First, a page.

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[Please remember that analysis of a poem is subjective, and this answer is based upon what I perceive. Also note, however, that any interpretation of a piece of literature—to my mind—is valid as long as you can support your viewpoint with logical reasoning from the text. With this in mind, be confident in your ability to analyze poetry.]
Generally, a paradox is a literary device that states a truth that seems contradictory and untrue at first glance. However, the explanation of paradox also describes more subtle forms of the device, very different than the one noted above. The definition goes on to state...
Sometimes [paradox] is applied to a self-contradictory false proposition.
Studying this kind of paradox, we see that truth is not always a part of all of its forms. Based upon the author's troubled life, this darker form of paradox might seem a more appropriate form of the device to use. But as subtle as the forms of paradox might be, so are Plath's artful perceptions and her implementation of them into her work.
Look to Sylvia Plath's poem "Mirror." Line four is paradoxical:
I am not cruel, only truthful...
I find this a paradoxical statement. How can one tell the truth and not be cruel in some circumstances? By nature, many truths are things that people would rather not hear. From the start, we should look for a "self-contradictory false proposition."
The mirror that is speaking in the poem has been personified—given human characteristics—and so it cannot be accepted now as truthful and not cruel. The presence of personification robs the mirror of its impartiality and credibility. The identification of personification can be found in the following:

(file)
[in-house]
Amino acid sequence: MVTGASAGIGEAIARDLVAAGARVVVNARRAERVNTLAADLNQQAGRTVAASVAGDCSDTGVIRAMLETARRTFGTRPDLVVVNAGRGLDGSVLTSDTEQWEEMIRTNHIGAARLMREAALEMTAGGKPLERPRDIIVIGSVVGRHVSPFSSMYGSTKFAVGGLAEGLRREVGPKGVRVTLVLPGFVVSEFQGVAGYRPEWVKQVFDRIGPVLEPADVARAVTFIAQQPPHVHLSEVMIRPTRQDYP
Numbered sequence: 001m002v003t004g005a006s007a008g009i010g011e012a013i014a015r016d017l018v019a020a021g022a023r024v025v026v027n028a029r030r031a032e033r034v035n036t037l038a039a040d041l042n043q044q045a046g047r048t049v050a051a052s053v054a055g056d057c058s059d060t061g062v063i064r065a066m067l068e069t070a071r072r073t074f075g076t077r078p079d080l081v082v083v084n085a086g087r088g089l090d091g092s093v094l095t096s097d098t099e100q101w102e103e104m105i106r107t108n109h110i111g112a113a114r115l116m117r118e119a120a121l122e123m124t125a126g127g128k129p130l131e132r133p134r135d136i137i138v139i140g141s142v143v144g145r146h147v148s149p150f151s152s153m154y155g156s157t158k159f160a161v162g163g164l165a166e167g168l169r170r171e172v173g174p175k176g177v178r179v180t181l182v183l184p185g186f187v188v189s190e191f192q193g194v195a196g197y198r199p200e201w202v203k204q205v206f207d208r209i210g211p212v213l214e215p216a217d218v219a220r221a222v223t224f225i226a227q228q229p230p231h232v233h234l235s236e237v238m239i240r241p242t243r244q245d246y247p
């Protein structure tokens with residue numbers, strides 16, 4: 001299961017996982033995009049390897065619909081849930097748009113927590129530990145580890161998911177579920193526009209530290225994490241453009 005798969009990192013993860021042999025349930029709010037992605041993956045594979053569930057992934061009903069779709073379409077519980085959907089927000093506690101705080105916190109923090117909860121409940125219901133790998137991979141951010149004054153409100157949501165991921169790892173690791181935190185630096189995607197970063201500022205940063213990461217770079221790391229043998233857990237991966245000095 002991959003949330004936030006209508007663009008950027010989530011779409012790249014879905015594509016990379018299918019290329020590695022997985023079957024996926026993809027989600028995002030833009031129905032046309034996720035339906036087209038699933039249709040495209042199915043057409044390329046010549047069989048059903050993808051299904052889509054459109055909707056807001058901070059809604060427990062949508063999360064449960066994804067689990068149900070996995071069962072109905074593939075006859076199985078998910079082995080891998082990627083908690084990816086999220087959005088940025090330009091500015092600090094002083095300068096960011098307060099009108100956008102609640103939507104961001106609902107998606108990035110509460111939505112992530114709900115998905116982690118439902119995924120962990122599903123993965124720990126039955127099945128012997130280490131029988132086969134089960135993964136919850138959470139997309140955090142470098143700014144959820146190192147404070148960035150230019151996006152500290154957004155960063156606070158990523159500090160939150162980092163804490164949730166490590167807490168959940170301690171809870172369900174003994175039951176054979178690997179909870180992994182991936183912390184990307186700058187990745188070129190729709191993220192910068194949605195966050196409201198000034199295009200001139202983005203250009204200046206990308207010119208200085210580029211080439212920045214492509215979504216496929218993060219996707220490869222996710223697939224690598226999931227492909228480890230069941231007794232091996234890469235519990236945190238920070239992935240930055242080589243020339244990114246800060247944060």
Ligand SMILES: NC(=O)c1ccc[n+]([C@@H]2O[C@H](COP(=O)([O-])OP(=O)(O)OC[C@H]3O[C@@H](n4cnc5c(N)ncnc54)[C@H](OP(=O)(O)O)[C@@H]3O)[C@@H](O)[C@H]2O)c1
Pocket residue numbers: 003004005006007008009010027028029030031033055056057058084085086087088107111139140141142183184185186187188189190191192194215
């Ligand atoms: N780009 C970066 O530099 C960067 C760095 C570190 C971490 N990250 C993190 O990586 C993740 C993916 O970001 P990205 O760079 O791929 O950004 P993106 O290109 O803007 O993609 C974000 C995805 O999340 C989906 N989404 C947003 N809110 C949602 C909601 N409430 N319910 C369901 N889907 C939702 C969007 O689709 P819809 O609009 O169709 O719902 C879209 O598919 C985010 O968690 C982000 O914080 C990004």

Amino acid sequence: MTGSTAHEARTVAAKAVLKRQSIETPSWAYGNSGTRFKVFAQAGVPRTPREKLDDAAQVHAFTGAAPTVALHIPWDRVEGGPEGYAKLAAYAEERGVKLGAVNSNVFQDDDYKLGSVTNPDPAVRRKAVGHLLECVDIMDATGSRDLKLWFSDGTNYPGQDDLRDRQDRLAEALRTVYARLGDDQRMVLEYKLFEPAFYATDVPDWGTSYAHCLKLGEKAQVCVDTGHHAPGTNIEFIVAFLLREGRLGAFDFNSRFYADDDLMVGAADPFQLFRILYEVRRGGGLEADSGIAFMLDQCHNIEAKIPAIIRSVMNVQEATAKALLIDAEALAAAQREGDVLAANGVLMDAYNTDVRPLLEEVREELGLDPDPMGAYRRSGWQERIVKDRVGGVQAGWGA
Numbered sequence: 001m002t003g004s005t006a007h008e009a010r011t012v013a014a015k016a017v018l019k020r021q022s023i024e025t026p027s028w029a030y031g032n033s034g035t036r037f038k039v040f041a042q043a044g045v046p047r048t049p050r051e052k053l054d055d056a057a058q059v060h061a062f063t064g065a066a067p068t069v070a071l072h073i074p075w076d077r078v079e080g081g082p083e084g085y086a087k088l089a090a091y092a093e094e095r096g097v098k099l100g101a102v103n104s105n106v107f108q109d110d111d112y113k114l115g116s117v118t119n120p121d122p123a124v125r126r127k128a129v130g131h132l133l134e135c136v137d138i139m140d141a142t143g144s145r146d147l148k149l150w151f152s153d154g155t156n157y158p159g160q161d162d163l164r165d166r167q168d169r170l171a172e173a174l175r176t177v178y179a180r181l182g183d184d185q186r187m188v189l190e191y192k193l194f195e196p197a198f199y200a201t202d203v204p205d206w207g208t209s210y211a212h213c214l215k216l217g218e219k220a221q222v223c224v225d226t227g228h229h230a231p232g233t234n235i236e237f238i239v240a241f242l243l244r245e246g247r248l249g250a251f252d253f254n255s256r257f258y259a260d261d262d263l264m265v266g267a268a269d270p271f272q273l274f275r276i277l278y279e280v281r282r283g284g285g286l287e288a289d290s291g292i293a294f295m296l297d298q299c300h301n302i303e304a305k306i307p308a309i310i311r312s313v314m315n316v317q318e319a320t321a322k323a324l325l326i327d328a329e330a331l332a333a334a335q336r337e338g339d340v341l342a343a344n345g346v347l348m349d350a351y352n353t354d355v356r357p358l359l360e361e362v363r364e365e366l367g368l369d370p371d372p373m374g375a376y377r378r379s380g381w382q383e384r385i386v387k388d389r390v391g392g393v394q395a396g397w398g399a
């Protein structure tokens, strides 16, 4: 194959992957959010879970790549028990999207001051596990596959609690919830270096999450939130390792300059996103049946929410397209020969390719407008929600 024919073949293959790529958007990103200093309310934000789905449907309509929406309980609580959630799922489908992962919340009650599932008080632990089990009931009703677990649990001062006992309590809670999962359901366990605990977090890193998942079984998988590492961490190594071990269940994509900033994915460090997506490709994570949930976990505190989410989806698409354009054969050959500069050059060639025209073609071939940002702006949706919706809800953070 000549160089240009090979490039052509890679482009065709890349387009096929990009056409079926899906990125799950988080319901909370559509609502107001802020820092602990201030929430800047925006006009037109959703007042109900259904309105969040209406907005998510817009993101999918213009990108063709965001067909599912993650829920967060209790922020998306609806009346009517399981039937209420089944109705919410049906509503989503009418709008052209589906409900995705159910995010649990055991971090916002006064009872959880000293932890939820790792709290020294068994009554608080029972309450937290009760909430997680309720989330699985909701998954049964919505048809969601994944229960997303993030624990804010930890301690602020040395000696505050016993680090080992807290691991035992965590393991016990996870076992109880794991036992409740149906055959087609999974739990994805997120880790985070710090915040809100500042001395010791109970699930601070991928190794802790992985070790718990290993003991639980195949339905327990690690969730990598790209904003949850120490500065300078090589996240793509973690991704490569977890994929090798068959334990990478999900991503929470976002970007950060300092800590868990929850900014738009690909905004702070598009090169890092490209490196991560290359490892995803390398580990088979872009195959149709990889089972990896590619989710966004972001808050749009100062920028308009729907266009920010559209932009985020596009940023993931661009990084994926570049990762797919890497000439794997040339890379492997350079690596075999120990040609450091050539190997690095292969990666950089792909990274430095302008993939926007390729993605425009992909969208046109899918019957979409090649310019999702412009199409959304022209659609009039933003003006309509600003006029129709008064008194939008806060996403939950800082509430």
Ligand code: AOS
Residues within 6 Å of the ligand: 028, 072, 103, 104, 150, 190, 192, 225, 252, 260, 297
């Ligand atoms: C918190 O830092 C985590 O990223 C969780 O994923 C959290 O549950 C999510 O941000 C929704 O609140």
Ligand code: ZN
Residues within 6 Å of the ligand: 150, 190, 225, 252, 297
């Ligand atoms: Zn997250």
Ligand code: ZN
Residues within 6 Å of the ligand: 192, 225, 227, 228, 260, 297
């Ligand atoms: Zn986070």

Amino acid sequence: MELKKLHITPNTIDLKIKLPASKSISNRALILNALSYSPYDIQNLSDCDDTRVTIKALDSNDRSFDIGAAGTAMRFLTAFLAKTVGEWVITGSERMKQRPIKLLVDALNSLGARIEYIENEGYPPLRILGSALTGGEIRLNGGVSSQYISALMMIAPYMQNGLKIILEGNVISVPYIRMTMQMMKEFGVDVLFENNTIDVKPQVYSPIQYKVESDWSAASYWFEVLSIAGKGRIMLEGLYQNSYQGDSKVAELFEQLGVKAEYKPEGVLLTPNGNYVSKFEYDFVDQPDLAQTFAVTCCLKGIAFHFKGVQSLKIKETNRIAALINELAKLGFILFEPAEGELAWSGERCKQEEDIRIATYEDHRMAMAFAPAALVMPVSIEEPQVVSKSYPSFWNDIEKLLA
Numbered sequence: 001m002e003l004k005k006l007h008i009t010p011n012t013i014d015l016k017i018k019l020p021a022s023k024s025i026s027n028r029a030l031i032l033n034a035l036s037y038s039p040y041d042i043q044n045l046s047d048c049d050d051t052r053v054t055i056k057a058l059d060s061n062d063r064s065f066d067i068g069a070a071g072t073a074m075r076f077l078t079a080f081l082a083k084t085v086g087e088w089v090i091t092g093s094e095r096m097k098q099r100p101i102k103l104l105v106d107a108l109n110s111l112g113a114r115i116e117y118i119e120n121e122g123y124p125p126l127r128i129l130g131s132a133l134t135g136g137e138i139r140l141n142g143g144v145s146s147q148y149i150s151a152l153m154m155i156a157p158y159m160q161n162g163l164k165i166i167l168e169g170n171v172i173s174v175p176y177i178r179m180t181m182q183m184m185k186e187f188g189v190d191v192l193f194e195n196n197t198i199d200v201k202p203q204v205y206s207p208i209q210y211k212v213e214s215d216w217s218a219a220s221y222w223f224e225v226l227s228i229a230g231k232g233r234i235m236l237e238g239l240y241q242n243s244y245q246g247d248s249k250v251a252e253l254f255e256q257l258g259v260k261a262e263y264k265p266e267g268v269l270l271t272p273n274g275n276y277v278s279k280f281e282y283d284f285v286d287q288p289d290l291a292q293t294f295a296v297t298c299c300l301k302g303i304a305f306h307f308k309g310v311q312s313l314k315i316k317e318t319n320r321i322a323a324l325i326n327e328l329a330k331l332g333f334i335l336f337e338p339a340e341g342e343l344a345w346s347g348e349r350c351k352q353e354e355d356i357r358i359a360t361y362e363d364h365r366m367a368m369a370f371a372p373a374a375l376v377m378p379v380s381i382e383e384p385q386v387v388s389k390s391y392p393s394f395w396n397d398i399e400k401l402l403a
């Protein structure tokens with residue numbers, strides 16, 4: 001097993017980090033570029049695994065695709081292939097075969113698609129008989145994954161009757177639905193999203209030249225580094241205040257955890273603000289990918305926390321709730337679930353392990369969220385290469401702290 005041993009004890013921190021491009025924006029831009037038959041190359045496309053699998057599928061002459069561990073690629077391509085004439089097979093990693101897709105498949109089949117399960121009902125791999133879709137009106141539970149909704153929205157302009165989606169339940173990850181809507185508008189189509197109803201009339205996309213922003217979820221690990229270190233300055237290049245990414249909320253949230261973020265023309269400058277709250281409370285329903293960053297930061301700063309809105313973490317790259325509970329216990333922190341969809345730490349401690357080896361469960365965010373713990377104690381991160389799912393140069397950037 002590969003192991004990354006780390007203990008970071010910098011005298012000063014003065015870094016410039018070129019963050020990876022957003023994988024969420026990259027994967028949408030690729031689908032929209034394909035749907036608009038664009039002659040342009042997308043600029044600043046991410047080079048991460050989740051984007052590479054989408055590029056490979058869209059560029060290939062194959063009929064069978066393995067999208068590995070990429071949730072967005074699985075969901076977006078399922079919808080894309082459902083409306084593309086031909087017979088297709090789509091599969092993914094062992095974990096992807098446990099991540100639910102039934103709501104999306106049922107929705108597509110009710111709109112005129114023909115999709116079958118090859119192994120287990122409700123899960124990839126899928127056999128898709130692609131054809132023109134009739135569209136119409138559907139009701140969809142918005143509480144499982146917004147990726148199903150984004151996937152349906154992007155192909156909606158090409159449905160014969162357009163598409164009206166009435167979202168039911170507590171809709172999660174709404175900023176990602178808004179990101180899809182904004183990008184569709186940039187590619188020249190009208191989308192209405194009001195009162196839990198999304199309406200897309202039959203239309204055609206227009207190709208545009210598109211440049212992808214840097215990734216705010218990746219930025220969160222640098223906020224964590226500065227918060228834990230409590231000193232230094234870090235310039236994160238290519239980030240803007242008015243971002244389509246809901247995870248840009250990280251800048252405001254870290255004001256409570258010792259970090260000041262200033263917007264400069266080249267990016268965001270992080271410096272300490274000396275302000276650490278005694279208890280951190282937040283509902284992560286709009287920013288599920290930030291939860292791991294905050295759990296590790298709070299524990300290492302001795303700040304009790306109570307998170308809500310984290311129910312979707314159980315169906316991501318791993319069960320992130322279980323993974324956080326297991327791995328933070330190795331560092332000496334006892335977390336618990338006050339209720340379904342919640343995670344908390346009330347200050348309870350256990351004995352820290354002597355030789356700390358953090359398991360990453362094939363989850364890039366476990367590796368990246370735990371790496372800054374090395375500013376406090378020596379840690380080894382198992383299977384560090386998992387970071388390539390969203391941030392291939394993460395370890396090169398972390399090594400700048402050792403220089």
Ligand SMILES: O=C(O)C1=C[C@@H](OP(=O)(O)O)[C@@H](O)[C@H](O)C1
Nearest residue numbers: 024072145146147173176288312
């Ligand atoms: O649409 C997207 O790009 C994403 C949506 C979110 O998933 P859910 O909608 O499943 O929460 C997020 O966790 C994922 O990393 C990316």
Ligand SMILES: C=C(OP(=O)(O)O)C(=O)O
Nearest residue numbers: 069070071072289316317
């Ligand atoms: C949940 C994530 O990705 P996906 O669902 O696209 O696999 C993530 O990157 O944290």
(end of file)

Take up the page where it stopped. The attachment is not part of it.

I have looked at it so long
I think it is a part of my heart. But it flickers.
Faces and darkness separate us over and over. (7-9)
How can a mirror have a heart? This in itself seems paradoxical: how can an inanimate object have feelings? When the mirror is personified, then its statement regarding its complete objectivity is called into question.
Knowing as we do that mirrors must reflect what they see, and couldn't possibly hold judgment as inanimate objects becomes irrelevant when our narrator is a mirror.
By the poem's end, the mirror reports what it sees, but it passes judgment. When truth is presented, there is only the statement of fact—no judgment.
Each morning it is her face that replaces the darkness.
In me she has drowned a young girl, and in me an old woman
Rises toward her day after day, like a terrible fish. (16-18)
The mirror states that the woman has wasted her youth studying her image in the mirror, looking for signs that she is aging. This is a subjective observation. The mirror's narrative is now biased. It speaks of the woman's face now—but that the mirror at one time reflected the image of a young girl...that the woman has drowned (a harsh and emotionally-charged word choice). The face that the mirror reflects back (it says) is old. The mirror goes on to compare the visage of the woman rising into the mirror's sight each day to that of a "terrible fish." This is a clear example of being cruel, which the mirror claimed it could not be at the poem's beginning.
The clues we find to identify this kind of paradox are glaringly obvious in the diction (word choice) the author employs. In life, hearing the truth may sometimes feel like cruelty. However, what the mirror observes is subjective, judgmental and unkind. By definition, the form of paradox used in this poem "presents a self-contradictory false proposition."
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